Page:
Some new parents seek help to manage postnatal depression and/or postnatal anxiety. However many new parents seek help simply to manage stress. Often motivated by wanting to be the best parents they can be, parents recognise when they are operating in a revved up state. Their sleep can be affected, and they may notice symptoms of irritability, being overly touchy or sensitive, snappy, and generally not being able to wind down. Parents often report that their stress is most apparent in their relationship with their spouse, and/or in an increasing impatience with their children.
There is a vast literature and much media attention educating the public on postnatal depression and more recently, postnatal anxiety. However for parents who are stressed this focus on depression and anxiety can result in a hesitation towards help-seeking in the absence of a depressed mood or an anxiety disorder. Postnatal stress can cause significant upset in families, and evidence-based treatments for stress can bring about welcomed symptom relief.
So what is the difference between depression, anxiety and stress? According to the authors and researchers of the Depression, Anxiety Stress Scales (Lovibond & Lovibond, 1995) depression, anxiety and stress can co-occur, however each state has its unique symptoms. Depression symptoms include feeling negative, down-hearted, gloomy, unmotivated, dispirited, and a loss of enjoyment in things once pleasurable. Anxiety includes physiological symptoms of panic, pounding heart, shakiness, fear of losing control, and apprehension. Stress includes nervousness, jumpiness, tension, getting easily upset or irritated, and difficulty relaxing.
The Psychologists at the Antenatal & Postnatal Psychology Network (APPN) commonly use the Depression Anxiety Stress Scales (DASS-21) - a well validated screening tool that helps new parents to understand their particular symptoms. In our experience, new parents like to understand their symptoms using the DASS-21, and they find it useful to track their symptoms over time to see how they are progressing with therapy. Although scores on the DASS can delineate symptom severity and a measure of progress over time, clinical diagnoses (if relevant) require further assessment by the psychologist to ensure that appropriate treatment strategies are implemented in therapy.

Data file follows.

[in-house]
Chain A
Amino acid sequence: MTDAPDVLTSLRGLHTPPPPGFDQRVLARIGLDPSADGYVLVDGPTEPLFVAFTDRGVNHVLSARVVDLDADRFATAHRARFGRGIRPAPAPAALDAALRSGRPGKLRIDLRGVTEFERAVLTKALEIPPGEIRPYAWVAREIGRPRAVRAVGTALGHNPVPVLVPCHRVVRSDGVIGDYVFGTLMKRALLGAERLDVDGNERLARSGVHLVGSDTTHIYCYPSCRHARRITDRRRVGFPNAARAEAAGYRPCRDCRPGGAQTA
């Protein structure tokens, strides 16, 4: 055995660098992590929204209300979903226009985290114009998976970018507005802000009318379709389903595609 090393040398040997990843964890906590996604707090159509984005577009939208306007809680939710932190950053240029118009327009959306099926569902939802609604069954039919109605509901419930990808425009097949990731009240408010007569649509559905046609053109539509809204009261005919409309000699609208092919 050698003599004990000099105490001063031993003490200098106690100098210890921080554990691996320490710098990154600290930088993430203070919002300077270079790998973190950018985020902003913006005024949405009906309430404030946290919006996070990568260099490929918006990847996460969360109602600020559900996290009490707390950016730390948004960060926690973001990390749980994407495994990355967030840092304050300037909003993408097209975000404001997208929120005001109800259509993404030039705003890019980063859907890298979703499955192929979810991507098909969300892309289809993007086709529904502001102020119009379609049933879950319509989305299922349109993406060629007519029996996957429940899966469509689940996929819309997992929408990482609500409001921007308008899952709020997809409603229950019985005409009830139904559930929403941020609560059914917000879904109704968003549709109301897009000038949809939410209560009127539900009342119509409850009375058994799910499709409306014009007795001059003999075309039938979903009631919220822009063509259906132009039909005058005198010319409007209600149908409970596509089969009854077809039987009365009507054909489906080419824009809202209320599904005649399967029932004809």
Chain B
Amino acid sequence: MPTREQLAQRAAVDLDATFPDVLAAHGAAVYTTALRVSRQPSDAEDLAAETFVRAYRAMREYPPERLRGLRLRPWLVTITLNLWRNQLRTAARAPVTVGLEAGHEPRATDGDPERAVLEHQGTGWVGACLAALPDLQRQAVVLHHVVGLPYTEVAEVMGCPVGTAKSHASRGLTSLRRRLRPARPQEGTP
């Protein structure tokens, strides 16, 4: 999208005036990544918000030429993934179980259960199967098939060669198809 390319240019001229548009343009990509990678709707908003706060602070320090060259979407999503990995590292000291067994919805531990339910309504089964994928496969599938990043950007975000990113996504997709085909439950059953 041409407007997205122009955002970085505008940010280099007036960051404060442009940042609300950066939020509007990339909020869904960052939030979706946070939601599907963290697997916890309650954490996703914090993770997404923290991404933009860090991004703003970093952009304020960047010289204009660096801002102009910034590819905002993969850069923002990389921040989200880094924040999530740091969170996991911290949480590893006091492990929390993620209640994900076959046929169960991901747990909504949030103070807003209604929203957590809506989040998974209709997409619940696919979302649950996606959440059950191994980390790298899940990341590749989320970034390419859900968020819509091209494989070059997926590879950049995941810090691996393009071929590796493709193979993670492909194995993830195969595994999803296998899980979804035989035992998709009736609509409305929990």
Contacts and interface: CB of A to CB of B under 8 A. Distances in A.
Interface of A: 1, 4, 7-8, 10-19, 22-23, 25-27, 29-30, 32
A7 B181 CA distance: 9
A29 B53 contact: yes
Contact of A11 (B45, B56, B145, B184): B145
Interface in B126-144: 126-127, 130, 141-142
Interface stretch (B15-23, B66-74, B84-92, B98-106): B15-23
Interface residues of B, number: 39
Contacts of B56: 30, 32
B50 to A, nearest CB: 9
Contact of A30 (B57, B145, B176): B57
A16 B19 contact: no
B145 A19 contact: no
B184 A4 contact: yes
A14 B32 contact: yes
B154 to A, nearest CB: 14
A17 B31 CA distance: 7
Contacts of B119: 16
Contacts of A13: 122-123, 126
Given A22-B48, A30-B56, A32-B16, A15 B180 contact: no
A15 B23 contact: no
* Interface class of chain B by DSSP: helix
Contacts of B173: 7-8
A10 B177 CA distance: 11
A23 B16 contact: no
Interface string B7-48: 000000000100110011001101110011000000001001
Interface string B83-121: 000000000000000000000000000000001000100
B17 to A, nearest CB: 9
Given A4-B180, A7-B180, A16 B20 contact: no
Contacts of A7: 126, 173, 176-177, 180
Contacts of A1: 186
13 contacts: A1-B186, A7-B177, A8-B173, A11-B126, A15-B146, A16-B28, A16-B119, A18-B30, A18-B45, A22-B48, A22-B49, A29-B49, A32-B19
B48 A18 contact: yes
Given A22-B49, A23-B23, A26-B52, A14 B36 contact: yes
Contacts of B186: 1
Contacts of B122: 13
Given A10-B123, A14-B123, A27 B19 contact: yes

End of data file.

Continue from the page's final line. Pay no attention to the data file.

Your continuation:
Treatment for stress typically involves a combination of Cognitive-Behavioural Therapy and Mindfulness based therapies. These approaches give parents tools for understanding how their thinking - expectations, appraisals and worry - contribute to their difficulties (thinking being a modifiable component in managing stress). In addition parents learn to manage their responses (physical and behavioural) in relation to life stressors and to their own fears. Practical strategies for managing daily routines can form part of the work, as well as sorting through family of origin dynamics that may underly one's problematic thinking and stress levels in the early parenting years. Learning how to wind down and relax is fundamental to this therapy for stressed new parents and parents of young children.
Written by Dr Renée Miller
Principal Clinical Psychologist
Antenatal & Postnatal Psychology Network
In many ways, new fathers appear to have it easy. They are spared the physical and emotional discomfort of pregnancy. They don’t endure the pain of childbirth. They also don’t spend the weeks and months of new fatherhood trying to get used to a body that has inextricably changed and no longer feels familiar. While men don’t have the physical signs to show for it, the transition to fatherhood is no less profound, exhilarating, and daunting. In my work with new parents, I am often reminded that the feelings and worries experienced by dads can be somewhat overlooked. What’s more, a lot of men have trouble talking about them.
What is my Role?
Some fathers question their roles in the early weeks and months, when typically mothers are the primary caregivers. As a new father it’s easy to feel a bit left out. However, research tells us that fathers’ relationships with their newborns make a significant impact right from birth. Actually, it starts long before birth, because babies begin to recognise their father’s voice at around 22 weeks of pregnancy. So when that bump starts to grow, it’s time to get talking.